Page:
Todd Hebert, a professional artist and UND art professor, will present “From North Dakota to the National Art Scene: Pathways to an Art Career” at Plains Art Museum on Wednesday, Feb. 25, from 5-6 p.m. The talk is free and open to the public.
Hebert will offer insights into the development of his work, as well as how to build a successful art practice and make national connections. He has exhibited nationally and internationally, and his work is in numerous public and private collections. A selection of his work is currently on exhibit at the Museum.
Hebert earned his bachelor’s in fine arts at UND and his master’s in fine arts from the Rhode Island School of Design. He is represented by Devin Borden Gallery in Houston and Ameringer | McEnery | Yohe Gallery in New York.
For more information, visit www.plainsart.org, or call 701-551-6100. Plains Art Museum is located at 704 1st Ave. N., in downtown Fargo.
Artist Laura Youngbird will share insights about her work as the first speaker in the Creative Voices series, which will feature talks by Native American artists. The talk on Nov.13 starts at 6:30 p.m., and is free and open to the public.
In addition to her work as a professional artist, Youngbird teaches at Circle of Nations School, an inter-tribal, off-reservation boarding school for youth in grades 4-8 located in Wahpeton, N.D. Youngbird’s sculpture Waabi-Giziibiigiingwe (White Washed), is part of the Museum’s permanent collection and is currently on exhibit in the first floor gallery.
This talk is part of an ongoing series in conjunction with Plains Art Museum’s new project, Creativity Among Native American Artists. The project is aimed at bringing visibility to Native artists in North Dakota, South Dakota, Minnesota, and Wisconsin through expanded exhibition, professional development, and programming opportunities at the Museum. The project will also build a network of artists, Native and other nonprofit organizations, and audiences across the region.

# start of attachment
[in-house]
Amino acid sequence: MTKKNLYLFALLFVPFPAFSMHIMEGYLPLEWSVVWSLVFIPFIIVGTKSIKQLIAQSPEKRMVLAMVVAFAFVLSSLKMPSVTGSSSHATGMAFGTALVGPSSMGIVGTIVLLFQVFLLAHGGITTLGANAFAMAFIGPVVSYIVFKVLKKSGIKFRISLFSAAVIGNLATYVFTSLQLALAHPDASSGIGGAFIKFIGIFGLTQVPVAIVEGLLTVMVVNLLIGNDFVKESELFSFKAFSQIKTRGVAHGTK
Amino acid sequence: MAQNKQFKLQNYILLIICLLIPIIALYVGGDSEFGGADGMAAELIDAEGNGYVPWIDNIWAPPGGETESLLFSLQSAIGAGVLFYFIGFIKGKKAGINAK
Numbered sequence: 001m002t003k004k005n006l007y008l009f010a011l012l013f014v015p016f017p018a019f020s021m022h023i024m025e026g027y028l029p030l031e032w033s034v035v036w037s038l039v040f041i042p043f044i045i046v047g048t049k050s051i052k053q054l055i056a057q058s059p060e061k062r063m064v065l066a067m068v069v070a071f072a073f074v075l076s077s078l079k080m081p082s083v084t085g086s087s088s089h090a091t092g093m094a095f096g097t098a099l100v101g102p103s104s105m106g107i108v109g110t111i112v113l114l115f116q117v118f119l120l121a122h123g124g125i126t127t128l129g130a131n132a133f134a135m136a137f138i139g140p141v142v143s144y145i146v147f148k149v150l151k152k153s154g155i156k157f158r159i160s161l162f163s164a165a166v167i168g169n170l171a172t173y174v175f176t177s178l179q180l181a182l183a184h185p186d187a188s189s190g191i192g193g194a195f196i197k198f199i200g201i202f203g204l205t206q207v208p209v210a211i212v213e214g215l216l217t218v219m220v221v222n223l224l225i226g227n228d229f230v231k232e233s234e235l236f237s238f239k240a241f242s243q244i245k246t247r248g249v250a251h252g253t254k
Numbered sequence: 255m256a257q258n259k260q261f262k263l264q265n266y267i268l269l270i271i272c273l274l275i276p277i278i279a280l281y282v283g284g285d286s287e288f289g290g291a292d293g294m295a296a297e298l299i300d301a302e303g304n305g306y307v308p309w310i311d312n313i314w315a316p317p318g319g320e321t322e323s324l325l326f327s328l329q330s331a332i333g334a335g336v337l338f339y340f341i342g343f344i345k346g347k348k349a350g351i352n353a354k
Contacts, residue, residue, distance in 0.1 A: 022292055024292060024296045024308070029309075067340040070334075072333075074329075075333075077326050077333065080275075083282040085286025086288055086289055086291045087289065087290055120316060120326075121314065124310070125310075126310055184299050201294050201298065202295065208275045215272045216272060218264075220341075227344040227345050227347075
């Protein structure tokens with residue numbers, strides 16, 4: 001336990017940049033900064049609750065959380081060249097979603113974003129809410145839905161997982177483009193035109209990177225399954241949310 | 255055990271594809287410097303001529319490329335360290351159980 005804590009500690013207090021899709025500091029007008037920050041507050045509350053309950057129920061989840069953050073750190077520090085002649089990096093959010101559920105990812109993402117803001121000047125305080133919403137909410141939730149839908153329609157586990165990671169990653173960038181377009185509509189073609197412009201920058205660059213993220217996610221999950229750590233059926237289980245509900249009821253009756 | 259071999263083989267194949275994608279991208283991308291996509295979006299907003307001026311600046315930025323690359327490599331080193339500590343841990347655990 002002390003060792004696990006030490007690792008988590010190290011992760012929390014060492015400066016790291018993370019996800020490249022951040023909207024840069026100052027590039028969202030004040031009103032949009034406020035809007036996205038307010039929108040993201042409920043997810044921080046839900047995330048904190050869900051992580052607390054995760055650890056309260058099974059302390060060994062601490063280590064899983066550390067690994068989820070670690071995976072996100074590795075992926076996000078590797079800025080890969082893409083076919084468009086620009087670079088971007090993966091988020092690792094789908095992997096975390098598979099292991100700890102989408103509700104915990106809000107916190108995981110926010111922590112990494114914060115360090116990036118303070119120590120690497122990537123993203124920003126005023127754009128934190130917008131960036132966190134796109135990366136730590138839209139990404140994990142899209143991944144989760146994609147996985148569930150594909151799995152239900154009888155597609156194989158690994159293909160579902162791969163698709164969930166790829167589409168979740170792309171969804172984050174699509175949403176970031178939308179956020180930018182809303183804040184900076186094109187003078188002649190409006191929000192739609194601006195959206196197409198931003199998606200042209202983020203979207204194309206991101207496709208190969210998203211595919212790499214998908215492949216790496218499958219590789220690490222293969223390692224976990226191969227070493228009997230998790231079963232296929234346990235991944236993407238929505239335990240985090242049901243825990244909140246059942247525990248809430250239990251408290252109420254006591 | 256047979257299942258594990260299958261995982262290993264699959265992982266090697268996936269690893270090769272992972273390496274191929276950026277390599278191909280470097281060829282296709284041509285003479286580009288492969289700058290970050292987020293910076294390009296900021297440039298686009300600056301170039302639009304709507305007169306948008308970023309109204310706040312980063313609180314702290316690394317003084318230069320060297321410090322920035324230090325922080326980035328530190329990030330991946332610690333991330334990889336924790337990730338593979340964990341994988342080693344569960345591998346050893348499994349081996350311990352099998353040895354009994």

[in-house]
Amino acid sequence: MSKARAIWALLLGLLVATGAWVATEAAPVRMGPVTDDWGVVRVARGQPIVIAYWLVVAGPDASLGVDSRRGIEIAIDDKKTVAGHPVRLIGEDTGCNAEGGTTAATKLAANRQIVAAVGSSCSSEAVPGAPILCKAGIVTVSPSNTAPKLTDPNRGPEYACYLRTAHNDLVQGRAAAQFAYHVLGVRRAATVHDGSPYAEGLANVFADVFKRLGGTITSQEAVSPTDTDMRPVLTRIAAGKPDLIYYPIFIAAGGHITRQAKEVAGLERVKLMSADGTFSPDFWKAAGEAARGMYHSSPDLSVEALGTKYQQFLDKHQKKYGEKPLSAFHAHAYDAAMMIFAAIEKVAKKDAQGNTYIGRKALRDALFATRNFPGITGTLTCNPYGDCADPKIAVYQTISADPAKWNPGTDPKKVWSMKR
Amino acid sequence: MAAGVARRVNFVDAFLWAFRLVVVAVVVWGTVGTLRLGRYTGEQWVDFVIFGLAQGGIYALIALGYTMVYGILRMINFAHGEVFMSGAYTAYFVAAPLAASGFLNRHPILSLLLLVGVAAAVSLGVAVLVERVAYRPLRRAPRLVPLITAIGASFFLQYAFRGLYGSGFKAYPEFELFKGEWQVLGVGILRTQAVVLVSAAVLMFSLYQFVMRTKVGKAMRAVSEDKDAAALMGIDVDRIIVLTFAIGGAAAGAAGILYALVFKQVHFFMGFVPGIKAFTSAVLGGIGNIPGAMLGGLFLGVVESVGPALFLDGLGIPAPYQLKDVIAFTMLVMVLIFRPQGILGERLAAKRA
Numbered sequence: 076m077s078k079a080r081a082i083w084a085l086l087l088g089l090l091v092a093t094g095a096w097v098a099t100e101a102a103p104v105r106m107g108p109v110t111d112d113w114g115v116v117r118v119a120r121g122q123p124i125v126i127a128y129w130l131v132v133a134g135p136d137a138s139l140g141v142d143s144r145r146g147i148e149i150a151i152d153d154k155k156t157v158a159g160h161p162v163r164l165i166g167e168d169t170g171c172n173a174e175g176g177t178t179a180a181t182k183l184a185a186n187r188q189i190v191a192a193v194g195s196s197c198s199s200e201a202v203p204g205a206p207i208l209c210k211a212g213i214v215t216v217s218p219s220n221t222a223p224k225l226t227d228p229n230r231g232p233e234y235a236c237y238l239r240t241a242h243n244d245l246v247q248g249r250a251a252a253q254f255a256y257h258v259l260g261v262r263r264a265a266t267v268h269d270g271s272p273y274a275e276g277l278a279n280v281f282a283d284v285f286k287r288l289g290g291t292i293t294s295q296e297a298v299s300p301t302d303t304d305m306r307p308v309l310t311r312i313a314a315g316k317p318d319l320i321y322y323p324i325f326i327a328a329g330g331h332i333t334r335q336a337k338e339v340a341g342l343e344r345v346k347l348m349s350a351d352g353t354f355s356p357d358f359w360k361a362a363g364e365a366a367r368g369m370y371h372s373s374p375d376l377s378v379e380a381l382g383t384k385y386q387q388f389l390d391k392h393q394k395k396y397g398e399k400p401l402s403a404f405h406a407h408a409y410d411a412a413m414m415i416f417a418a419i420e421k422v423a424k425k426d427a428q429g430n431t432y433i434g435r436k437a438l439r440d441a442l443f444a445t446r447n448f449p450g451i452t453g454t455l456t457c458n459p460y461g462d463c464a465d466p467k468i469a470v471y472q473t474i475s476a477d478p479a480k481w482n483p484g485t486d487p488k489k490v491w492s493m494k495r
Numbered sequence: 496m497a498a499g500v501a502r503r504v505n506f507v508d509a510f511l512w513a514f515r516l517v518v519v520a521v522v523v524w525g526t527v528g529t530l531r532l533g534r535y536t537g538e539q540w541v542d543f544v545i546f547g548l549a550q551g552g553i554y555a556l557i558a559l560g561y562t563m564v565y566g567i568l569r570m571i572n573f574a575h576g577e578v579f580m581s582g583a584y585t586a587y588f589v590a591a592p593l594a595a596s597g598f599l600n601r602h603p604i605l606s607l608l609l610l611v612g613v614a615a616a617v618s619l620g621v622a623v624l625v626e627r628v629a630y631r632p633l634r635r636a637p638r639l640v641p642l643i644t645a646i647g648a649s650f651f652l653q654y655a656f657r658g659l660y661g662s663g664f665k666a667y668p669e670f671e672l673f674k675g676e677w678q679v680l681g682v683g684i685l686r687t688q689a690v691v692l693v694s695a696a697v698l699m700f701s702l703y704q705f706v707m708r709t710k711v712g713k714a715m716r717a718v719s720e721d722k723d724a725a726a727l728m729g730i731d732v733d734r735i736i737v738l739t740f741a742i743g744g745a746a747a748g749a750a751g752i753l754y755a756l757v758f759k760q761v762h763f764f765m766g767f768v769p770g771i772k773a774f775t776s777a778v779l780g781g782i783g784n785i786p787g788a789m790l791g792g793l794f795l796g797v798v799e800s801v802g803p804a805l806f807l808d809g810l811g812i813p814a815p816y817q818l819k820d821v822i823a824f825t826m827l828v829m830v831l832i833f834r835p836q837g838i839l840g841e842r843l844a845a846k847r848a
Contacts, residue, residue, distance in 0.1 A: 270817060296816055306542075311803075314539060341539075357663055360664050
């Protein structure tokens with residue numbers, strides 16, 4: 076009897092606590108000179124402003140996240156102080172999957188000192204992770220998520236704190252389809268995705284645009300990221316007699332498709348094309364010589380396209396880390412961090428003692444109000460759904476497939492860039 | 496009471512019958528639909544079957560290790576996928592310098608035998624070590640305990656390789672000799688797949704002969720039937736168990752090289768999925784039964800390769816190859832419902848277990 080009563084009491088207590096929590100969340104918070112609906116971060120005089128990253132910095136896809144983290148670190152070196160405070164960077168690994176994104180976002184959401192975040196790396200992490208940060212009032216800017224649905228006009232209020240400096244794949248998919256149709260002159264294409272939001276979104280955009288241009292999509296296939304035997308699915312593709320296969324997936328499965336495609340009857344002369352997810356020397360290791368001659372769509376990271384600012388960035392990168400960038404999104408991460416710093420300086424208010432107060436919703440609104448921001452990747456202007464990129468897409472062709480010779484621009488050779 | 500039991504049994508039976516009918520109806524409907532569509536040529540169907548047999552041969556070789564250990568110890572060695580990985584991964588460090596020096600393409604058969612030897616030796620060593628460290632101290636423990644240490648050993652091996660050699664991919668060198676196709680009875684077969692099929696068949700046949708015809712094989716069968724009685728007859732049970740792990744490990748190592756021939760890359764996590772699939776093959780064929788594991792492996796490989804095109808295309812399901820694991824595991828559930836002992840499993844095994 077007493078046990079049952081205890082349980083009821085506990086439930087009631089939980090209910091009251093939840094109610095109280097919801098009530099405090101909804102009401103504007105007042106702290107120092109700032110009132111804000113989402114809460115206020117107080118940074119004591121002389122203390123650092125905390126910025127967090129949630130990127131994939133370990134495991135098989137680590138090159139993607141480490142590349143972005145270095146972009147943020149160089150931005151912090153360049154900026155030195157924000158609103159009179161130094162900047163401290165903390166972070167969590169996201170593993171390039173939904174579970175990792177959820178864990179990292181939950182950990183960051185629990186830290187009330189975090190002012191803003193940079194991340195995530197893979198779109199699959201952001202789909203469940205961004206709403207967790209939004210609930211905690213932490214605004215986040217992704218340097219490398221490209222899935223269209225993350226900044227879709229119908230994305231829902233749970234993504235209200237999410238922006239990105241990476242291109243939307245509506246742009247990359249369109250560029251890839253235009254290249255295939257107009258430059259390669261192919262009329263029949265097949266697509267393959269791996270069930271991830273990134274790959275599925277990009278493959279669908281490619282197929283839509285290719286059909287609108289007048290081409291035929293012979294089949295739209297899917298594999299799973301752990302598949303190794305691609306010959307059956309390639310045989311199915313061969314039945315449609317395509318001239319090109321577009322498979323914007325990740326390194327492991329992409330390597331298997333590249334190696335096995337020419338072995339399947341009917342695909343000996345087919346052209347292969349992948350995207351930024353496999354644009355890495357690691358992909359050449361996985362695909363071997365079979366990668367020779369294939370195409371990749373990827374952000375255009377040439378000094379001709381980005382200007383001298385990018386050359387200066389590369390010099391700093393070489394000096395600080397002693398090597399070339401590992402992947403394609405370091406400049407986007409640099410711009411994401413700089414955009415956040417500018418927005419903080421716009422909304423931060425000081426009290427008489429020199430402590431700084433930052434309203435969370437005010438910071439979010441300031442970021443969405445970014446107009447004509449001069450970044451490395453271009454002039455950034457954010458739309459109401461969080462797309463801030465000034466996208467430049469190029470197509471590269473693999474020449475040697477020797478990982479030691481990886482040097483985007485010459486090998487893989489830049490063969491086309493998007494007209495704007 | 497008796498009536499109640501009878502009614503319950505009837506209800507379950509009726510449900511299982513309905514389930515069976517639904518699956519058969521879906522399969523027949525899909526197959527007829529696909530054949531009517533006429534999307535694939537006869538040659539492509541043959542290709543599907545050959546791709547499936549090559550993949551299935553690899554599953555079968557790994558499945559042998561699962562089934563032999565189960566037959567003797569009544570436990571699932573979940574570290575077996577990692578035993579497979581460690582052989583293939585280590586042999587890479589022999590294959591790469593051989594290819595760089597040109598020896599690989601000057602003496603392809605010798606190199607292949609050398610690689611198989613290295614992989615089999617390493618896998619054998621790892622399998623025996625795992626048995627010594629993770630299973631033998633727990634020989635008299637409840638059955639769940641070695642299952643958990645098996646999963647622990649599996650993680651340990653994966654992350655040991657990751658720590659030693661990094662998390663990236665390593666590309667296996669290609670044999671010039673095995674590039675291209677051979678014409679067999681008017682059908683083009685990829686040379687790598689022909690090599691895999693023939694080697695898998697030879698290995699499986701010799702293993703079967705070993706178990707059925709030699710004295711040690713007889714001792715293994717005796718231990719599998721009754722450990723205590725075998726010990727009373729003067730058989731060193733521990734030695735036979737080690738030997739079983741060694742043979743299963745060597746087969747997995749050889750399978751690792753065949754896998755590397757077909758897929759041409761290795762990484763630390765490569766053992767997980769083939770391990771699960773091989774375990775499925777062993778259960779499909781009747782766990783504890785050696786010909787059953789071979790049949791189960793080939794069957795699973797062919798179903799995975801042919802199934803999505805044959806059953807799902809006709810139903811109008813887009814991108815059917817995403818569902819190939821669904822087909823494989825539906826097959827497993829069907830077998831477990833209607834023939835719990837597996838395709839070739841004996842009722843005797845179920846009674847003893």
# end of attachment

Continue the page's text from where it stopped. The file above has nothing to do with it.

Creative Voices: Native American Artists at Plains Art Museum
Thursday, November 13, 6:30-7:30 p.m.
Free and open to the public, light refreshments provided
Join us on Nov. 4 at 6 p.m. for a lively and candid conversation on what it takes to pursue art as a major with Museum Director Colleen Sheehy and three leaders of the art departments at NDSU, MSUM, and Concordia College—Michael Strand, Kelli Sinner, and Peter Schultz. The group will share insights about the state of college art departments, locally and around the country, as well as trends shaping the future.
The program is offered in conjunction with the Museum’s latest exhibition, Art Boom: The Tri-College Art Faculty Show. The hour-long talk is free and open to the public, with complimentary beverages provided. After the talk, visitors are welcome to explore the Art Boom exhibition which features work by 24 higher ed art instructors. This program is free and open to the public
Plains Art Museum is located at 704 1st Avenue North in downtown Fargo. For more information, visit www.plainsart.org or call 701-551-6100.
The exhibition and related special events are made possible through generous sponsorship by The Forum, the newspaper of Fargo Moorhead, and a grant from Tri-College University.
A new show opening at Plains Art Museum in collaboration with Fraser, Ltd. features two accomplished artists who share vivid styles along with personal histories of autism. VIVID: The Art of Seth Chwast and Dietrich Sieling opens Thursday, Sept. 25, with a reception from 5 to 7 p.m. The reception is free and open to the public, with light appetizers, desserts, beverages, and cash bar. The show runs through April 5, 2015.
Chwast, 31, from Cleveland, Ohio, and Sieling, 26, from Minneapolis, Minn., are both full-time prolific artists who exhibit their works regularly in solo and group shows nationally and internationally. VIVID focuses primarily on the artists’ paintings, drawings, and sculpture. United in their strong emphasis on the formal qualities of line, color, and pattern, these young artists also share a stunning inventiveness in subject matter. Both artists also have mothers who are strong advocates for their sons, who have each found ways to document their families’ respective stories to share how discovering innate talents has allowed their sons to lead full, creative lives.